The leading Republican on the bipartisan Senate Gang of Eight says the group’s immigration bill will have to include stronger border security and enforcement measures if it is to pass the House of Representatives.

“I believe that the enforcement mechanisms in this bill, in order for the bill to pass in the House, will have to be strengthened,” Sen. Marco Rubio told radio host Hugh Hewitt on Tuesday. In another appearance, with host Mike Gallagher, Rubio said, “The bill that’s in place right now probably can’t pass the House. It will have to be adjusted, because people are very suspicious about the willingness of the government to enforce the laws now, given our experience with immigration in the past.”

Hewitt questioned Rubio specifically about the bill’s lack of any provision mandating the construction of more border fencing.  “If an amendment is brought forward mandating construction of a double sided fence over a specified length, and I think it ought to be at least half the border, a thousand miles or so, would you support such an amendment, Senator Rubio, that mandates it?”

“I’m fine with that,” Rubio said. “I personally, and I’ve consistently said this, I personally believe that double fencing is a very effective, not 100 percent, but a very, we’ve seen it be effective in the San Diego area and the Tijuana area, for example. So I personally am supportive of that. Others have different views about what would be more effective.”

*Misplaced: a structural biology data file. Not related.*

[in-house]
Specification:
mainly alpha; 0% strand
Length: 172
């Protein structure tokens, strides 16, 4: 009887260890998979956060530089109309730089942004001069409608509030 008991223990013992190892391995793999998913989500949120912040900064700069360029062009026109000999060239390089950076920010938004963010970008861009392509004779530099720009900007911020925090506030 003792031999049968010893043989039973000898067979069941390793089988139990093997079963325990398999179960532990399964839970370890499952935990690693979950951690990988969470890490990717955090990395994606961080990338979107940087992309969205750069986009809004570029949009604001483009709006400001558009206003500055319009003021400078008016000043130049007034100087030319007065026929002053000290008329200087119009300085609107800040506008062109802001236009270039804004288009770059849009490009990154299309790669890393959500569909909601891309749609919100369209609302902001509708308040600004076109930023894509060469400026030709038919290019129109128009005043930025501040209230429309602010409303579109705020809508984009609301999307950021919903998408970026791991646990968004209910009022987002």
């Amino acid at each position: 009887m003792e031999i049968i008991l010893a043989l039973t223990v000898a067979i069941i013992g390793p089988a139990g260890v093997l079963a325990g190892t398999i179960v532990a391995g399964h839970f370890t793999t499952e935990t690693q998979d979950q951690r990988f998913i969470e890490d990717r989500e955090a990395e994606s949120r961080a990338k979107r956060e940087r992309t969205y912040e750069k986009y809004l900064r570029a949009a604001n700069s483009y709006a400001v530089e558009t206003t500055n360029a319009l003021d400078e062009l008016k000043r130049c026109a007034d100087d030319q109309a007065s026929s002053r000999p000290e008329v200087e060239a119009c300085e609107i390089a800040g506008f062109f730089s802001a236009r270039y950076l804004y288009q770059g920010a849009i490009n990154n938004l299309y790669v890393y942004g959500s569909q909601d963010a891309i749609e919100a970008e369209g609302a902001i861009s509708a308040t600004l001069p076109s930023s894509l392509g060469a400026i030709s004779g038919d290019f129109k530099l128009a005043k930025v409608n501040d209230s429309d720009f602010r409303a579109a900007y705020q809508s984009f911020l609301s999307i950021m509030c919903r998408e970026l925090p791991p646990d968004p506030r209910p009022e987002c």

Rubio’s “I’m fine with that” certainly suggests he would support a mandate for more fencing, but it also seemed a bit passive — that Rubio would not oppose such a measure if someone else pushed it. At another point in the program, Hewitt asked the question again. “Senator, just going back to what we covered, if an amendment comes forward that mandates construction of a double-sided fence over, say, a thousand miles … would you vote for that amendment?”

“Yeah, again, I mean, I don’t know if a thousand miles is the right number, but whatever that number is that wins people’s confidence, I’m for it,” Rubio said.

Rubio pointed out that Homeland Security Secretary Janet Napolitano doesn’t support more fencing. “I advocated for a specific pot of money in the bill set aside just for fencing,” Rubio told Hewitt. “And you heard how well advised that was, because just a couple of days ago, Janet Napolitano testified, and said she wants to get rid of that pot of money. She doesn’t want to have a fencing pot separate from the general spending. I think the fencing part is important. And I’d be more than happy to expand it to be the effective ring. As you said, there are parts of the border that do not need fencing, because it’s high mountain or it’s a river, or what have you. I’ll leave that to experts and others. But I can say to you that I believe that double fencing in the right places has been highly effective, especially, for example, in the San Diego area where it’s really been effective.”

Given those beliefs, it’s not clear whether Rubio pushed to include stronger fencing measures in the bill but was not able to win the support of other Gang members, or whether Rubio believes it is the responsibility of others to try to strengthen the bill’s security mandates. But there’s no doubt that one of the bill’s main architects believes it will have to have tougher security provisions if it is to become law.